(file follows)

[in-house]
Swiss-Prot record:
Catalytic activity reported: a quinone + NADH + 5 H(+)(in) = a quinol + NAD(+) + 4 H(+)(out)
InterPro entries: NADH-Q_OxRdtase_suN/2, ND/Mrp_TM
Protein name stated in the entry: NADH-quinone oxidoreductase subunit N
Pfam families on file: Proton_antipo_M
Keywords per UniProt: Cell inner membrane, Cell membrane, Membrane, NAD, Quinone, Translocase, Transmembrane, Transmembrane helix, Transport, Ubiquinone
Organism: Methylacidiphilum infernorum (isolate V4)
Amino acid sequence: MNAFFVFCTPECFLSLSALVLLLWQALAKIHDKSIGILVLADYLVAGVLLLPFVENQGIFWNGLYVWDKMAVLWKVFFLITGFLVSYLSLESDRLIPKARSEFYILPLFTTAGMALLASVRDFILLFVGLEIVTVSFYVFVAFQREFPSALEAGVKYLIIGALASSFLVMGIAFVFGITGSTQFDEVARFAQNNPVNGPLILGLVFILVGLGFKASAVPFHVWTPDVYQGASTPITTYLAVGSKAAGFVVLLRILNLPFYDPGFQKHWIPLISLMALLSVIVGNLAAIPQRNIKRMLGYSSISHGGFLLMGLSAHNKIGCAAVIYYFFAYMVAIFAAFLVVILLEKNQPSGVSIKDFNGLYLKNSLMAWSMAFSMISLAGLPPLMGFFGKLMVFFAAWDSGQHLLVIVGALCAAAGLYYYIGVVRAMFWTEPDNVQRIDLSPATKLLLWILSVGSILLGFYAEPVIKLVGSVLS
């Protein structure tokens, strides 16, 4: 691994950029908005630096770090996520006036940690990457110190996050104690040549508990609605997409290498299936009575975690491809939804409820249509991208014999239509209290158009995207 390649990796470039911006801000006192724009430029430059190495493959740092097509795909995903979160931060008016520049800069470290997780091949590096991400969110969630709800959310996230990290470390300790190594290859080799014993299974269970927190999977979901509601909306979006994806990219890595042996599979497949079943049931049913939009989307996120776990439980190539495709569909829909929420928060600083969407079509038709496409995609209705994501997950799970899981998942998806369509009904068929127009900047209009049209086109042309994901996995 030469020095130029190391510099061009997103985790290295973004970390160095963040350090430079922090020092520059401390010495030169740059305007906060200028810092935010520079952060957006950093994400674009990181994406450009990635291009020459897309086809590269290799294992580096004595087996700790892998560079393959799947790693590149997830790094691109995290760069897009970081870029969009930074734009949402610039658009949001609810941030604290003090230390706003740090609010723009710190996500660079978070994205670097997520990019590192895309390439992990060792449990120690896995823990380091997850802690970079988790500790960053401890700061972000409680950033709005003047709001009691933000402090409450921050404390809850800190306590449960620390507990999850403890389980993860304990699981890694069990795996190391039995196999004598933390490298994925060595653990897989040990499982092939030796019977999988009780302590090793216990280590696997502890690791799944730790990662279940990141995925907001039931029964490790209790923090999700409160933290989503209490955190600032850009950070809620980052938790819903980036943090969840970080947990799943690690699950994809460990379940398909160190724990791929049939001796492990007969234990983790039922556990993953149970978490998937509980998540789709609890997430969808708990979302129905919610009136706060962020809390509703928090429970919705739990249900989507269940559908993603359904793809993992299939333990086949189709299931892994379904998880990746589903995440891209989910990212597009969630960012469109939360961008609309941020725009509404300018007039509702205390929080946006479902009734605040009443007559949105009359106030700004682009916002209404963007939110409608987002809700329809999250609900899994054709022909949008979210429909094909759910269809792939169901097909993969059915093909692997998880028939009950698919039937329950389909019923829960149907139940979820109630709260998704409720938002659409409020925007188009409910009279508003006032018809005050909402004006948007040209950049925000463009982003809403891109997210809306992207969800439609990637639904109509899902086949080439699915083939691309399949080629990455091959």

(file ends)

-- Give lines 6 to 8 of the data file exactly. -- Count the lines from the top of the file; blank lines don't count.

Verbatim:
Pfam families on file: Proton_antipo_M
Keywords per UniProt: Cell inner membrane, Cell membrane, Membrane, NAD, Quinone, Translocase, Transmembrane, Transmembrane helix, Transport, Ubiquinone
Organism: Methylacidiphilum infernorum (isolate V4)